By Chuck Strouse
By Scott Fishman
By Terrence McCoy
By Ryan Yousefi
By Ciara LaVelle, Kat Bein, Carolina Del Busto, and Liz Tracy
By Pepe Billete
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Concerns were raised by board attorneys that this arrangement could later become a conflict of interest for Crew and the district owing to relationships with FIU and the city. Then Krop called Paul Cejas, a former school board member, former U.S. ambassador to Belgium, and member of Miami's power elite, to ask him if he would save the deal by committing. Cejas would have no possible conflicts. Cejas came through. (The details of this proposal have yet to be worked out.) Oddly, after riding shotgun on the whole affair, Maidique was out of town Monday, the day Crew's contract was approved by the school board.
At least for now, Crew has the support of nearly all sectors of the community, and a singular opportunity. This fall the school board's composition will change. Krop is likely retiring. Betsy Kaplan is retiring. Frank Cobo has a tough campaign ahead of him. And Stierheim himself hasn't ruled out a run for the board, in Kaplan's district. "People have been asking me," he admits. "I haven't said no. Do I want to do that? That's a tough question."
Back in New York, the two Rudys used to get on famously over Scotch and cigars, until Crew started a public showdown over Giuliani's plan to experiment with school vouchers and Rudy G forced his smoking buddy out. Of course Miami Mayor Manny Diaz (who has expressed an interest in taking over the city's public schools) is no Rudy Giuliani. Neither is Arza, the self-appointed Rasputin of local education politics. Arza lost some street cred when the Miami-Dade legislative delegation failed to prevent a raid on state funding to the school district by the Senate president.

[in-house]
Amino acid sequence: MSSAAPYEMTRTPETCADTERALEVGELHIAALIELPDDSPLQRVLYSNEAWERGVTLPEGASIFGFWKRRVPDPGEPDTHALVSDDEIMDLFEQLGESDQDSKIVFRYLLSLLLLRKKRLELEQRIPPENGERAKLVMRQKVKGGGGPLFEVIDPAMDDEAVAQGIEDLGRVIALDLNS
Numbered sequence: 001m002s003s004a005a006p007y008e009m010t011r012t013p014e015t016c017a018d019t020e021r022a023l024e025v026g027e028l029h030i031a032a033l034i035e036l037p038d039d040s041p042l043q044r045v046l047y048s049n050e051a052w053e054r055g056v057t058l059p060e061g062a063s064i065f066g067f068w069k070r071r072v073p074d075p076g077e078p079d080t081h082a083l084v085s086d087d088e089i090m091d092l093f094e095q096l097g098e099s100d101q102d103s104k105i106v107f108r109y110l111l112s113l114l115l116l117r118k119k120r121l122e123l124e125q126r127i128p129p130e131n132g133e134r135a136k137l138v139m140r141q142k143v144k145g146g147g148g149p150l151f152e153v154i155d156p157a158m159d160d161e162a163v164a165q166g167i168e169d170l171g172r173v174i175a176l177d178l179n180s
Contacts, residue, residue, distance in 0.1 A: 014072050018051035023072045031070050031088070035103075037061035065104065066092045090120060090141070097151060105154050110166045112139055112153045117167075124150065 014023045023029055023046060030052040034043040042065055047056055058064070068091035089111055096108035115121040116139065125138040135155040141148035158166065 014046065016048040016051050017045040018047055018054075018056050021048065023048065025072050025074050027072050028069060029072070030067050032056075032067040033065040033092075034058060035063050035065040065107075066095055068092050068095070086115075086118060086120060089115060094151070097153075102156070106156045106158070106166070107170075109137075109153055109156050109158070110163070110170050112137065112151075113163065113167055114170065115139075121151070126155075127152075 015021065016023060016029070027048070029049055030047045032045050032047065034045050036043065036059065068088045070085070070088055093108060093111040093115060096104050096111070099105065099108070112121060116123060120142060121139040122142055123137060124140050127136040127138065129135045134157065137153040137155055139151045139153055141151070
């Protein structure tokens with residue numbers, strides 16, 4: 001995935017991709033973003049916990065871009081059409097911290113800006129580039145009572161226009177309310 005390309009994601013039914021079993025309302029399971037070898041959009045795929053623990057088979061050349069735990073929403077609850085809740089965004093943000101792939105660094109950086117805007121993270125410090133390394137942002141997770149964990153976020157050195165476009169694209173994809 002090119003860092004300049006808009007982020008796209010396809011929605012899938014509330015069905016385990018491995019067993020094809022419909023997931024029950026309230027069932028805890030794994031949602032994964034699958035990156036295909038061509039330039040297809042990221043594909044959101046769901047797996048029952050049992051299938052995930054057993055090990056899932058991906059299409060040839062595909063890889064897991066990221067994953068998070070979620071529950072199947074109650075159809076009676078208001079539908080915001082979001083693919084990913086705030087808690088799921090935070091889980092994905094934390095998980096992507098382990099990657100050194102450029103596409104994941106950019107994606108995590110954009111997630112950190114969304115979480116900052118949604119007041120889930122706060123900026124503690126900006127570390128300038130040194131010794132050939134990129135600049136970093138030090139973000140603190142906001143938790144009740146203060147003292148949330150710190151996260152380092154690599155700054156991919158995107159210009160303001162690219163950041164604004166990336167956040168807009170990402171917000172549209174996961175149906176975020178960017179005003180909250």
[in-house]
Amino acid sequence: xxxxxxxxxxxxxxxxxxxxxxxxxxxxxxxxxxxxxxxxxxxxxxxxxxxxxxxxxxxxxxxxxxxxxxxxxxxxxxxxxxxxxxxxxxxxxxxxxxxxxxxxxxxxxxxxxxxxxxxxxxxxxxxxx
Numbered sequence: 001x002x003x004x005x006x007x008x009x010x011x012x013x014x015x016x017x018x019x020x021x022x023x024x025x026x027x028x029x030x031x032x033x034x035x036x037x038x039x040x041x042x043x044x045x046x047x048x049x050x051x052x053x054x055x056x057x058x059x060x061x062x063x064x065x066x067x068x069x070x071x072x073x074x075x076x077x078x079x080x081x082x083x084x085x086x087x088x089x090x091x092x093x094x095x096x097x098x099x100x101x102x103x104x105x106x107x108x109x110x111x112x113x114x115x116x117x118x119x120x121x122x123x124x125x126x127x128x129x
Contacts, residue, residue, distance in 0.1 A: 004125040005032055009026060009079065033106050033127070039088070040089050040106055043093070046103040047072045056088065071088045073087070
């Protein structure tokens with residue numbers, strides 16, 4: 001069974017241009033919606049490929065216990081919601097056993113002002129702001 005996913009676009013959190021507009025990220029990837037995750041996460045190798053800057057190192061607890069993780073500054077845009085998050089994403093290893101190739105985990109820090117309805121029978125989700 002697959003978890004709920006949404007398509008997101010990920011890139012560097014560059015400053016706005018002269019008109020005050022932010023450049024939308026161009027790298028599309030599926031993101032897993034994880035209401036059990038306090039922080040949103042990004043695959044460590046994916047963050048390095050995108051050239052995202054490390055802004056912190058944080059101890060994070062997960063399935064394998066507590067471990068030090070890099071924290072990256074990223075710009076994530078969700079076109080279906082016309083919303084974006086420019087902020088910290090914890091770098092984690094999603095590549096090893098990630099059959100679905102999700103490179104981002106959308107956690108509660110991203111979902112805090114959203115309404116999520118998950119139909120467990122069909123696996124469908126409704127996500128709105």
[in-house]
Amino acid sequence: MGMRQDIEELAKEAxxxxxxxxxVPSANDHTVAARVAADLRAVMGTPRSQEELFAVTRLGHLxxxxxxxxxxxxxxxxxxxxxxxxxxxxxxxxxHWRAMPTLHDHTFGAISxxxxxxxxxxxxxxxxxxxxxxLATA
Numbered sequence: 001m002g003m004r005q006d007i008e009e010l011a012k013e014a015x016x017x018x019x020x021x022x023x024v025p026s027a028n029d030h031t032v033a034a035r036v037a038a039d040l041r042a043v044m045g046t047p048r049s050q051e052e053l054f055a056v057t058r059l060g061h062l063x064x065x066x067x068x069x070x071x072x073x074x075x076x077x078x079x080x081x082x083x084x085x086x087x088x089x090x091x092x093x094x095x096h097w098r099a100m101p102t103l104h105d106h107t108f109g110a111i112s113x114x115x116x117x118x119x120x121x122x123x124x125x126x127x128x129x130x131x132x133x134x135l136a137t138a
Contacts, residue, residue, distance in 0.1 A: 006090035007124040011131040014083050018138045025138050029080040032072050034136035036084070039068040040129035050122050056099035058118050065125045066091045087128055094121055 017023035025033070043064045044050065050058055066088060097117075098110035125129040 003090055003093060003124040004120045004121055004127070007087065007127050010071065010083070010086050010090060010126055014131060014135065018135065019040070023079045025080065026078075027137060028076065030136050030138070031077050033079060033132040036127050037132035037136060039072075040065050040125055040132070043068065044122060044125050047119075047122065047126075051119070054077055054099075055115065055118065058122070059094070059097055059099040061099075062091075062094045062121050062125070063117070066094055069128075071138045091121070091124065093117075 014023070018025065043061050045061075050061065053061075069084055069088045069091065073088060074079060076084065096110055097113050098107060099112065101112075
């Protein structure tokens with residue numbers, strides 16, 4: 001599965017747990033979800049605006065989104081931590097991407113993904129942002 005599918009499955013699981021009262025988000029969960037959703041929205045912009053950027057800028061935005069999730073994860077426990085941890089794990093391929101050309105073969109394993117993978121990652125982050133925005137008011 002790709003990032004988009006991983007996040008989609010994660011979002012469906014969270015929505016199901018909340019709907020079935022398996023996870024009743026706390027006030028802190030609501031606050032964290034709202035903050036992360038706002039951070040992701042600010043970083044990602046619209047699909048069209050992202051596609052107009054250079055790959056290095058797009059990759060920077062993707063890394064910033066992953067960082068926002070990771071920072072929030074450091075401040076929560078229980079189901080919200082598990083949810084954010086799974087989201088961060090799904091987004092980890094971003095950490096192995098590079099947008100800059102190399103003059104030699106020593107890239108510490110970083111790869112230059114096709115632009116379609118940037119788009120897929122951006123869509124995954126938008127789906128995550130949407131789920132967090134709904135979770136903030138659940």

One rampant rumor used to explain the lack of acrimonious ethnic politicking in Crew's appointment was that some board members and their legislative allies believe it will be easier to "torch the place," i.e., break up the district, if it is run by a black Democrat rather than a Cuban Republican. Another rumor was that Republican leaders, including Gov. Jeb Bush, had made some calls to encourage board members to get their acts together in this critical election year. Certainly the lack of the usual shenanigans on Spanish radio and from players such as Arza indicates that some critical consultations were made.
The other challenge, internally, will be mending the culture. This means stopping the "dance of the lemons," as Crew once termed the New York habit of merely shuffling around inept or corrupt school administrators. That's when he'll find out whether school board members really want a strong superintendent. "He's been in urban education so long, he has a sixth sense," opines Betsy Kaplan. "He's been in the same game with different players. I think he'll do just fine."